An Introduction to Buffaloes

TheCluckyClucker

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I like the thread that @River Buffaloes started. I think they are a neat animal. BUT, you need to consider the whole part and parcel. There is little or no market for them as far as taking the bull/steer calves to the local stockyard/sale barn. You need to have a specific market for them or you will not have a way to recoup any cost. It seems to me that they make a better animal for milking for certain markets.

Why not do really good fencing and raise some sheep or even goats? They require much better fencing than some cattle, the turn around time is much faster and it is a very good stable market for a good part of the year. I honestly think you are going to find that the horses are going to require alot more than the 3 acres you think they need. That will not begin to take care of their grazing requirements.
Just thinking that you can have a few animals, let them breed, sell the bull calves and keep the heifers and then cull a few head is just not practical. You will not make any money at it on a regular basis. Yes on occasion you will have a good year, but you will not have the numbers to make it even a break even proposition. Sheep and goats can be run about 3-5 head per what one cow will eat... and have a 5 month pregnancy so can be bred to have babies in the spring and sell them in the fall. There is alot of other things to learn about them. They are not something you can just turn out and sit back and watch them multiply any more than you can do it with cattle. But the return is decent with less money input in feed costs.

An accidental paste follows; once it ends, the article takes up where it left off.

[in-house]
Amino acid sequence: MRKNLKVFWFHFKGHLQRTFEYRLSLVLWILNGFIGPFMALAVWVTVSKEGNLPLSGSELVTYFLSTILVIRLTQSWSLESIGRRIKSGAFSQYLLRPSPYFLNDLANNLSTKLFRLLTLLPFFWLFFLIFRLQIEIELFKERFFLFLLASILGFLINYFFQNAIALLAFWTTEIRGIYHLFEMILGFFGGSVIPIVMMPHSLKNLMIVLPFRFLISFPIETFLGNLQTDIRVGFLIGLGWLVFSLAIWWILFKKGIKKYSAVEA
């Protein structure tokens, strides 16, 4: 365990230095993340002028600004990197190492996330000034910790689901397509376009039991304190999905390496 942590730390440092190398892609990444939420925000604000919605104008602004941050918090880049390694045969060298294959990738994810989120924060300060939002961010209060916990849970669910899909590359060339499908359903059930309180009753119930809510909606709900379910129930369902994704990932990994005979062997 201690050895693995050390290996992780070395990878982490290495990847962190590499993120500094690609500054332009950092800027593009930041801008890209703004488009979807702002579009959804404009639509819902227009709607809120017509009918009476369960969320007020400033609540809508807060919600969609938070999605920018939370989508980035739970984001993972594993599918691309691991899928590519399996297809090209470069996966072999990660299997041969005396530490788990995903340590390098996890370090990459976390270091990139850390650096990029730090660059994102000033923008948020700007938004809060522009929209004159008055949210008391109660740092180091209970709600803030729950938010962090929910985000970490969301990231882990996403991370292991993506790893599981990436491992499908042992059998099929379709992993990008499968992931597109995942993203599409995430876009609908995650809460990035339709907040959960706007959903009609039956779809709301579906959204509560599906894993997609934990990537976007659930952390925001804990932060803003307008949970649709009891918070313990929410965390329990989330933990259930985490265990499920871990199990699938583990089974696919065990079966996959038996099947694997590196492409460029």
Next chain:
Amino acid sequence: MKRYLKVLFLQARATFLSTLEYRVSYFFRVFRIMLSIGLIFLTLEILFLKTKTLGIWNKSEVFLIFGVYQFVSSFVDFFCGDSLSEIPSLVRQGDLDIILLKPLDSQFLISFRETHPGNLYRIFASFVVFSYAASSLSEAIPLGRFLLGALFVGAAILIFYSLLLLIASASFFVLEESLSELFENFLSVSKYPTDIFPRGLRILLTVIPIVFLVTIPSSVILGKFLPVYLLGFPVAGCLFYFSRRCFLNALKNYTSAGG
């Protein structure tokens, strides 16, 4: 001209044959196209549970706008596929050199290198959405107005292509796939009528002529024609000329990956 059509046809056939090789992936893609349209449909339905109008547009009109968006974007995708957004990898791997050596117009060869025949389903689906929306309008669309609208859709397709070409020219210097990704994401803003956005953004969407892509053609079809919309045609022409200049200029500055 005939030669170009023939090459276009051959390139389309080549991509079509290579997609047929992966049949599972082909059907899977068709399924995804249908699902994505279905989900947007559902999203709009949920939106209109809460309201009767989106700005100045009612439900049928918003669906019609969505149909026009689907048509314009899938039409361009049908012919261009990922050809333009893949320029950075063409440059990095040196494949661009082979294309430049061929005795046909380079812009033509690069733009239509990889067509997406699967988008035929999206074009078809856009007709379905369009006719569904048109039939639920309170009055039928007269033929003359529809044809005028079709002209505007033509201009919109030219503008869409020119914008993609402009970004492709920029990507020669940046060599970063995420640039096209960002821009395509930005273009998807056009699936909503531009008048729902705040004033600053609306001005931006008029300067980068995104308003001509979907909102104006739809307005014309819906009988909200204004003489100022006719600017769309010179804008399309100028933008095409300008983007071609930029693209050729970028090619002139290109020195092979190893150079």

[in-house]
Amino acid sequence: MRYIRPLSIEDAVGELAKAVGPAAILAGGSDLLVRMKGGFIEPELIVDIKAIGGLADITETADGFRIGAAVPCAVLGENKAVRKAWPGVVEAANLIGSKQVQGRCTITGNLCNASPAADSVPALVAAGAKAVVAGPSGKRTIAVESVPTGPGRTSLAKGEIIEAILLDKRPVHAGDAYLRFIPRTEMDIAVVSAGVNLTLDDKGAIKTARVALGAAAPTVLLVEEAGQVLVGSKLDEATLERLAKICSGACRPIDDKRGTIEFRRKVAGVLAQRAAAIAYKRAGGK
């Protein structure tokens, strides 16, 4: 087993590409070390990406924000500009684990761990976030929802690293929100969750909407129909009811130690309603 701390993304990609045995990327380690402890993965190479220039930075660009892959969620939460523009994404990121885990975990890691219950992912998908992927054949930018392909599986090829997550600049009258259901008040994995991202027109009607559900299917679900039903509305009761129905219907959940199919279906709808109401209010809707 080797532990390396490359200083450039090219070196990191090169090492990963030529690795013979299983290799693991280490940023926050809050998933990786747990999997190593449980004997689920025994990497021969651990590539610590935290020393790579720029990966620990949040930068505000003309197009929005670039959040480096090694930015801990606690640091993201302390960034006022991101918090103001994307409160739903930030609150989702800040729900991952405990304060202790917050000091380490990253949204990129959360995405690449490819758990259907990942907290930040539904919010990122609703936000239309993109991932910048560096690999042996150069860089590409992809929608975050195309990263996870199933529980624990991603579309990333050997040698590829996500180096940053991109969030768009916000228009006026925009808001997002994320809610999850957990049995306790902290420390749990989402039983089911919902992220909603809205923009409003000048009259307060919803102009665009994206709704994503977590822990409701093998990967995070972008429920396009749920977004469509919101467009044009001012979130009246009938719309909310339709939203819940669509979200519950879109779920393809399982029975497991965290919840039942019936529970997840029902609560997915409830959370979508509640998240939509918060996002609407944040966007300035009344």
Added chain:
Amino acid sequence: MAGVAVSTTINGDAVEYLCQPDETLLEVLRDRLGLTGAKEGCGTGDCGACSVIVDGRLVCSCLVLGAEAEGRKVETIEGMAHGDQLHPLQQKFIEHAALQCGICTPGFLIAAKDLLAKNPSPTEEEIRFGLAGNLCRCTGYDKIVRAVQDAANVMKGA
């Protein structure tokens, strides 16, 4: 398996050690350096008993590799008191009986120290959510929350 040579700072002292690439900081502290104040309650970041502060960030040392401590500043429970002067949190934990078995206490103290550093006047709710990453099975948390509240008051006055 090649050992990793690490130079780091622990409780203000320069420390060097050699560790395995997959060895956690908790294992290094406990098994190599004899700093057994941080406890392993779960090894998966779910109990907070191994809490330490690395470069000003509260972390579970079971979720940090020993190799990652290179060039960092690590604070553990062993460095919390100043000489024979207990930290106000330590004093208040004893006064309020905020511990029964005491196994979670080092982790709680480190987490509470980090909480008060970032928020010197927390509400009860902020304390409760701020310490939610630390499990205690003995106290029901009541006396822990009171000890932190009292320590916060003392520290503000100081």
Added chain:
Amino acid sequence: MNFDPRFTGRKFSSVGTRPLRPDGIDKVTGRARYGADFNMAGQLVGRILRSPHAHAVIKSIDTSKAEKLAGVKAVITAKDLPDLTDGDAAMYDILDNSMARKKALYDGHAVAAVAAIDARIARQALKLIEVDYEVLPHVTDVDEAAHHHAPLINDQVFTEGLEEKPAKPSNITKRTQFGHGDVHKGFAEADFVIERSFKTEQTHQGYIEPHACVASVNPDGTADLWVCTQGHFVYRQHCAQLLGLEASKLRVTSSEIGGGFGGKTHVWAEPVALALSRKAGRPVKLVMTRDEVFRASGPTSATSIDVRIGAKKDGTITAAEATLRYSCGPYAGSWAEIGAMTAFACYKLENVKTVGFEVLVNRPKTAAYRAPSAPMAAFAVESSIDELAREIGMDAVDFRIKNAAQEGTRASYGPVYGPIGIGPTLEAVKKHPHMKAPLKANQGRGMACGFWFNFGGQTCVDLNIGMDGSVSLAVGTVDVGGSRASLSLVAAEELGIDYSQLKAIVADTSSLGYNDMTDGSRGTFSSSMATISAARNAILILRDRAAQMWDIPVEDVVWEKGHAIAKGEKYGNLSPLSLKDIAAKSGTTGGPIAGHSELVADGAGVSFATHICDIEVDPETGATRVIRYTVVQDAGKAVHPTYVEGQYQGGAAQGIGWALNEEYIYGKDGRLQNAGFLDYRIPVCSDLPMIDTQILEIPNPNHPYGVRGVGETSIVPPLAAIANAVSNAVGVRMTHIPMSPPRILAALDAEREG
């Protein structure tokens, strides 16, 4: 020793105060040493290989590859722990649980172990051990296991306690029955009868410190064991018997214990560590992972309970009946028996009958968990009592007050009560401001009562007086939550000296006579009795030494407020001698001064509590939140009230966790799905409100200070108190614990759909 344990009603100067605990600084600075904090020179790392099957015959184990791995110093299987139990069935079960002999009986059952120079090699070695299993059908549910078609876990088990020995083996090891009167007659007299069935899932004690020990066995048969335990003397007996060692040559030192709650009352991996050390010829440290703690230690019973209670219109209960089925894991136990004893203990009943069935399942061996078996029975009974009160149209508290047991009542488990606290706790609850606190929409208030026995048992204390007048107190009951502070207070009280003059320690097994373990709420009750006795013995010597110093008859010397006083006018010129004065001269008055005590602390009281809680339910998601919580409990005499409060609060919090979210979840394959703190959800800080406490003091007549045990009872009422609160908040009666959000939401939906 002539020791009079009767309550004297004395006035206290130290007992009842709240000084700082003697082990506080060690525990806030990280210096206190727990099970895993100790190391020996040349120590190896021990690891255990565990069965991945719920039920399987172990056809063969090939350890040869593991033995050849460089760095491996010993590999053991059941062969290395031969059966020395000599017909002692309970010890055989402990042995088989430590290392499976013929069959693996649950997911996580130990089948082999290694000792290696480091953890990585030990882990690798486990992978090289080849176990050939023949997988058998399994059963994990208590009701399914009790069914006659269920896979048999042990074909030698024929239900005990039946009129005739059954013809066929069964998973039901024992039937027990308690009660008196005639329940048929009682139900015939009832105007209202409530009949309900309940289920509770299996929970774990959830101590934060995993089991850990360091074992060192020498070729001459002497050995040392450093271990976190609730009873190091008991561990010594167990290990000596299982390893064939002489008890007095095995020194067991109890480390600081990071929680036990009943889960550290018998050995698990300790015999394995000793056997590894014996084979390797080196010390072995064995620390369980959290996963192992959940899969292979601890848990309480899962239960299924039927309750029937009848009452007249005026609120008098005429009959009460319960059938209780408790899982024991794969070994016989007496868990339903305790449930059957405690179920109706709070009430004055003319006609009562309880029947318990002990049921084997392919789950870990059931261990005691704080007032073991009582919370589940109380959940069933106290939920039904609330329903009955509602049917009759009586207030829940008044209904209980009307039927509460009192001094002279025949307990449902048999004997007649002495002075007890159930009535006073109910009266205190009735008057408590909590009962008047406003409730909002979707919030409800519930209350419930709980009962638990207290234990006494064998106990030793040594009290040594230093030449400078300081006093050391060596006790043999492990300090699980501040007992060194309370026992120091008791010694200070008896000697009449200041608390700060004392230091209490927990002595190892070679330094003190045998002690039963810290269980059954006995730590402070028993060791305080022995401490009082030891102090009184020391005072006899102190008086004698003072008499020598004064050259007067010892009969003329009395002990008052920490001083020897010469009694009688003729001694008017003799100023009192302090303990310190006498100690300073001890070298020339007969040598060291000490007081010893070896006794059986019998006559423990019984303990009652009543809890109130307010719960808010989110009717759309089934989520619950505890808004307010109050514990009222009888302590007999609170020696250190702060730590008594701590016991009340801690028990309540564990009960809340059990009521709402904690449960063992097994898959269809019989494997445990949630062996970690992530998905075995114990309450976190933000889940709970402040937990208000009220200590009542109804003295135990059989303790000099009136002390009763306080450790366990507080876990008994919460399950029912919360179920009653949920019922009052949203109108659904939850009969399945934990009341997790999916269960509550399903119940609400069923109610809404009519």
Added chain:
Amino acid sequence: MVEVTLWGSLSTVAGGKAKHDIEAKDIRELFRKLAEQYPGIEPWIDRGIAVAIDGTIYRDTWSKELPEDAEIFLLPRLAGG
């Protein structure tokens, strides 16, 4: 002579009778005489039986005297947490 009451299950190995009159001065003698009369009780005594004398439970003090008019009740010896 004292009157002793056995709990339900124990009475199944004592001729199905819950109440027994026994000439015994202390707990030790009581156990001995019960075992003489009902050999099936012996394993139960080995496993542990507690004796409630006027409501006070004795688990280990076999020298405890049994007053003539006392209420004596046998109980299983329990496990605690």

Thank you for this info. Just two horse, we know how google lies, but it said 2 acres for first horse and an additional acre for each additional horse. I have a terrible fear of goats though. I was around a baby goat one day and decided maybe they aren't so bad. Yes, laugh at me all you want.
 

River Buffaloes

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I like the thread that @River Buffaloes started. I think they are a neat animal. BUT, you need to consider the whole part and parcel. There is little or no market for them as far as taking the bull/steer calves to the local stockyard/sale barn. You need to have a specific market for them or you will not have a way to recoup any cost. It seems to me that they make a better animal for milking for certain markets.

Why not do really good fencing and raise some sheep or even goats? They require much better fencing than some cattle, the turn around time is much faster and it is a very good stable market for a good part of the year. I honestly think you are going to find that the horses are going to require alot more than the 3 acres you think they need. That will not begin to take care of their grazing requirements.